Students get hands-on experience learning about the growing field of veterinary pharmacy
Many people consider their pets to be part of the family and will do whatever it takes to make sure they are well. That sentiment is helping to fuel the growing field of veterinary pharmacy.
“Not a lot of people have insurance for animal medications, so they're spending hundreds and hundreds of dollars for those medications,” explained Emily Poirier (Pharmacy, ’22).
Poirier and several other students from UNE’s College of Pharmacy are learning about veterinary pharmacy firsthand by volunteering to medicate cats at the HART Animal Shelter in Cumberland, an all-volunteer operation that houses up to 100 cats at a time.
The student volunteers were recently featured in a news segment on WCSH.
“A lot of people don’t think about veterinary pharmacy when they think of a pharmacist,” said Evan Carrell (Pharmacy, ’22). “They usually think of somebody behind a counter at Rite Aid.”
The students typically spend a few hours, once a week, making their rounds at the shelter. They take what they learn in the classroom and apply it at HART.
“The underlying illnesses in the cats are usually pretty consistent with human diseases and disorders, so that carries over,” said Marlee Smith (Pharmacy, ’22), student coordinator for the volunteers.
The students are learning about the different kinds of medications that animals receive and the reaction cats have to them.
“Starting out in pharmacy school, you're getting possibly four years of exposure to veterinary medicine,” stated Poirier. “It’s something i’m definitely interested in. I think this is a great first step for going into that field.”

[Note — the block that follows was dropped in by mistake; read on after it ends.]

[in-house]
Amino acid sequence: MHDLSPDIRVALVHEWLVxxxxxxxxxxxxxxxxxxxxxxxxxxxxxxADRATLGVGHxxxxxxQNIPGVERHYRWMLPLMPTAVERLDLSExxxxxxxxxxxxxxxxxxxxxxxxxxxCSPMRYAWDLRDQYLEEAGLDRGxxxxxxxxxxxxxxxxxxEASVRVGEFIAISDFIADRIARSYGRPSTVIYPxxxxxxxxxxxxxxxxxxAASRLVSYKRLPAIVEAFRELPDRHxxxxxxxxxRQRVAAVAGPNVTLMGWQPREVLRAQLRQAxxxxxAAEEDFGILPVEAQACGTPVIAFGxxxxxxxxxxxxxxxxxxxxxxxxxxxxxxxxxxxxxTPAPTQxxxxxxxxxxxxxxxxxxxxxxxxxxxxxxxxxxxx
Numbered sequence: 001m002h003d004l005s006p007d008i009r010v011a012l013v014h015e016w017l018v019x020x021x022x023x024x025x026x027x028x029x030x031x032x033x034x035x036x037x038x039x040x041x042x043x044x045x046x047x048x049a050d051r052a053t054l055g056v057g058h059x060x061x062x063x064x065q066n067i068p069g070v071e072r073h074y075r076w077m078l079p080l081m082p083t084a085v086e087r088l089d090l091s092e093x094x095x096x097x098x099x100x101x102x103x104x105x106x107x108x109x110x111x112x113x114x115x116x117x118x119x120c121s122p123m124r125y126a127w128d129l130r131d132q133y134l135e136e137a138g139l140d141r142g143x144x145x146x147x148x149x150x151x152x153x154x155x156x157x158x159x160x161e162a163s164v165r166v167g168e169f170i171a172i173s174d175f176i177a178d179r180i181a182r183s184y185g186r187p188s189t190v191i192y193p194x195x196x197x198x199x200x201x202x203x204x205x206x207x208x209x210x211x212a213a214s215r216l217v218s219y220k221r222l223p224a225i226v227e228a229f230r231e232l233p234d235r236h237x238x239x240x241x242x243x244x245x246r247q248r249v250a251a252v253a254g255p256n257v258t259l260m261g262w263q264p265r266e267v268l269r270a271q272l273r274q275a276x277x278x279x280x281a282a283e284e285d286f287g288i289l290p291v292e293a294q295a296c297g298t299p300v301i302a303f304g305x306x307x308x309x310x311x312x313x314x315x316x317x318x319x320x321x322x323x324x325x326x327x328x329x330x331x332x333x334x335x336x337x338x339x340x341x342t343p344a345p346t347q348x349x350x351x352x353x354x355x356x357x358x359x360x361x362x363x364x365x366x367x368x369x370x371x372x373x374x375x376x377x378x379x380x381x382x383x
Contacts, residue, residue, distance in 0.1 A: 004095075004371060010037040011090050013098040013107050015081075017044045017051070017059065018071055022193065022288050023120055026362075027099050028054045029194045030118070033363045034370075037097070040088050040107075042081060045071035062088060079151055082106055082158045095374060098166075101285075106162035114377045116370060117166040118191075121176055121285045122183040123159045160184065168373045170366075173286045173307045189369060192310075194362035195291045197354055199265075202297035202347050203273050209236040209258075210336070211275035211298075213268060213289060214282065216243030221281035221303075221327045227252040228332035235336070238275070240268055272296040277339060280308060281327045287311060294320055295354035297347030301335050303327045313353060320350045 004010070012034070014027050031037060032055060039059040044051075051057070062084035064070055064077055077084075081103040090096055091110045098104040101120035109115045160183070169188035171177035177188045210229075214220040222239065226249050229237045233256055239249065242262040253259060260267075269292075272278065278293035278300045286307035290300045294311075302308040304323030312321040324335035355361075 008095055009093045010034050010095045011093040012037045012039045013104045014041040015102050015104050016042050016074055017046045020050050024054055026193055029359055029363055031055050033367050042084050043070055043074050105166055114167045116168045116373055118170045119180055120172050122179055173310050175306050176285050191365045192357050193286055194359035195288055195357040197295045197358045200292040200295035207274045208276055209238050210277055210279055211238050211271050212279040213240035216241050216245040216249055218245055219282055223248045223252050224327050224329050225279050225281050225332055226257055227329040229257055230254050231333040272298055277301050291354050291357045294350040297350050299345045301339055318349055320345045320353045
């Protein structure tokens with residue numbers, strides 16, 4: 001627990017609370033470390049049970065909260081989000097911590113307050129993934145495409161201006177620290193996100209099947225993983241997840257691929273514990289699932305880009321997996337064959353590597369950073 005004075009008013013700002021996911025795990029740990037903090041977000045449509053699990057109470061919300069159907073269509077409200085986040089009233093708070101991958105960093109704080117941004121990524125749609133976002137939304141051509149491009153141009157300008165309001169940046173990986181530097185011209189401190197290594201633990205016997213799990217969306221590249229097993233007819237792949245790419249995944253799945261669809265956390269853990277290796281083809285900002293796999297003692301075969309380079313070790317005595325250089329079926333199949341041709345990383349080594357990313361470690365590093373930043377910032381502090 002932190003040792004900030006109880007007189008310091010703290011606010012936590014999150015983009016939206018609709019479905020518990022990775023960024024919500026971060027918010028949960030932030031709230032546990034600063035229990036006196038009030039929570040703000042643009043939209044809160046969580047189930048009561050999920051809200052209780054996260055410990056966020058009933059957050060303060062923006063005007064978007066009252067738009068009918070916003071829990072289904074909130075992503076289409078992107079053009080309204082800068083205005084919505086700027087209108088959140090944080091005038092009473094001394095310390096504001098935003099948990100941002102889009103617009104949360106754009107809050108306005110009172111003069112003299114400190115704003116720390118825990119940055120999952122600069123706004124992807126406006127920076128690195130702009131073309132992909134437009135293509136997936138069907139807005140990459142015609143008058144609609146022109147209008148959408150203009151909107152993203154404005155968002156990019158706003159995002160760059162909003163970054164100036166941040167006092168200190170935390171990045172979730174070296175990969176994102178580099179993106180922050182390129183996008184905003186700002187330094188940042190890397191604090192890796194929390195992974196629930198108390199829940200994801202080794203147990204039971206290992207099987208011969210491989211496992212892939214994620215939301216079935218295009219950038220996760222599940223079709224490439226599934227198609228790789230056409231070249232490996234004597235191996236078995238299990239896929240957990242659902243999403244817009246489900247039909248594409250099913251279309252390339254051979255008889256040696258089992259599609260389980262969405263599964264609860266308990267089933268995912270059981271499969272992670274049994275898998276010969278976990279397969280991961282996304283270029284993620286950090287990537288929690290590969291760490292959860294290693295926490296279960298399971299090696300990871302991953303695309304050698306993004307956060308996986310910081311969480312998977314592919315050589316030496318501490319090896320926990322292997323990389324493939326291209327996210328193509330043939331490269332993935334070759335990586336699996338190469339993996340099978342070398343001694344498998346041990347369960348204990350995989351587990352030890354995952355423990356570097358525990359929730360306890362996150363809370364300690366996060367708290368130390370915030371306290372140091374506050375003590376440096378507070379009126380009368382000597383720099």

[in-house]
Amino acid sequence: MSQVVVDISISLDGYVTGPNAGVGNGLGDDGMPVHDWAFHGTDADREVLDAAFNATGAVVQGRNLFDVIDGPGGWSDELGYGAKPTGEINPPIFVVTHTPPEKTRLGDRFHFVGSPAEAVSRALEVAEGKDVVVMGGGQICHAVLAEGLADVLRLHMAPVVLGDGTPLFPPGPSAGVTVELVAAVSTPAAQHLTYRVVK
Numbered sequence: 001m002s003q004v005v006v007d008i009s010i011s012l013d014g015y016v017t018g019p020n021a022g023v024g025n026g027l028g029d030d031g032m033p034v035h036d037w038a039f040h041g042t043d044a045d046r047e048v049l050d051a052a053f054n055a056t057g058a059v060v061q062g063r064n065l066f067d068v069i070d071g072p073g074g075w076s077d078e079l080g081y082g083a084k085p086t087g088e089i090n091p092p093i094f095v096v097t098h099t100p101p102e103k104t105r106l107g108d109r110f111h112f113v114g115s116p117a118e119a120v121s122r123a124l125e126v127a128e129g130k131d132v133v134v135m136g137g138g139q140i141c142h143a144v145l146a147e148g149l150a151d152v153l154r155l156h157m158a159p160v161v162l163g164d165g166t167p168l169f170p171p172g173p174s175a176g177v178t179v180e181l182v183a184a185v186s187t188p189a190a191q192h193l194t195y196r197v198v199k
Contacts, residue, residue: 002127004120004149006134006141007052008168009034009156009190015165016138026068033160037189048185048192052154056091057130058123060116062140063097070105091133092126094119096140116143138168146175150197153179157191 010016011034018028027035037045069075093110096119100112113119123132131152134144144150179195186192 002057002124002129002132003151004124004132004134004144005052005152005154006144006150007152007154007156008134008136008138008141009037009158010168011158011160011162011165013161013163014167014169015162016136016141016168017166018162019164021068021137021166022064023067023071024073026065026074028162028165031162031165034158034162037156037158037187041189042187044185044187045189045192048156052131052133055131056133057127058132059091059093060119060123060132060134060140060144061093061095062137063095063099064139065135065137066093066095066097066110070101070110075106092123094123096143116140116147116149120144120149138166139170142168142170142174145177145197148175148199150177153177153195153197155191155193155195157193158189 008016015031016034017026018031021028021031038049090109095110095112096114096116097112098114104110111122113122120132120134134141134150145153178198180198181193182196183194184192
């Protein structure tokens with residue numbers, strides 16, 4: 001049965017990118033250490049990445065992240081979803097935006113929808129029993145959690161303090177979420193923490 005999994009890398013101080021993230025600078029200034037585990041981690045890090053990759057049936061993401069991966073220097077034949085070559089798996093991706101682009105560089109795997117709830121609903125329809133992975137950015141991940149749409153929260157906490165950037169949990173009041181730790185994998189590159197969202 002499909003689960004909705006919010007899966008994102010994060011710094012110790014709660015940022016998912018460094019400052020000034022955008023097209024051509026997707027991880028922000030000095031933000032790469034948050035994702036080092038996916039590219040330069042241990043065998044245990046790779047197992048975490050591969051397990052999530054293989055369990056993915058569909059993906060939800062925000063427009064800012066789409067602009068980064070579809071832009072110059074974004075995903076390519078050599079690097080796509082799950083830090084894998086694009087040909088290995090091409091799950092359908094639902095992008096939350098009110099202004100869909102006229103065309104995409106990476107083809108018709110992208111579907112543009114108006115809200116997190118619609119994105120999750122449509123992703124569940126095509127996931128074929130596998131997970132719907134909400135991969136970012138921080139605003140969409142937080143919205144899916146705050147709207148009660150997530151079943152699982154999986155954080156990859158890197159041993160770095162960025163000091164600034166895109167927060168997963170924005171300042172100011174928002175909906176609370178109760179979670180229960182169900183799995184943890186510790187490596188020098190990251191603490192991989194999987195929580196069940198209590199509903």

Maine is becoming a hub for the animal health industry, opening the door to many career opportunities for these students.
“Having this exposure to veterinary forms of medication already is a great thing to put on your resume,” Smith said.
Carrell added, “This is broadening our minds as far as what paths can we go down in the future.”
While the students are getting great hands on experience, they’re also giving back to their community. Their efforts are greatly appreciated by HART’s Executive Director Lisa Smith.
“The hands-on medical care includes fluid administration, oral medication, and injections,” Smith explained. “These are all things the students are familiar with because they've got excellent backgrounds. That really lends itself well for them to jump right in and immediately be of service to our organization.”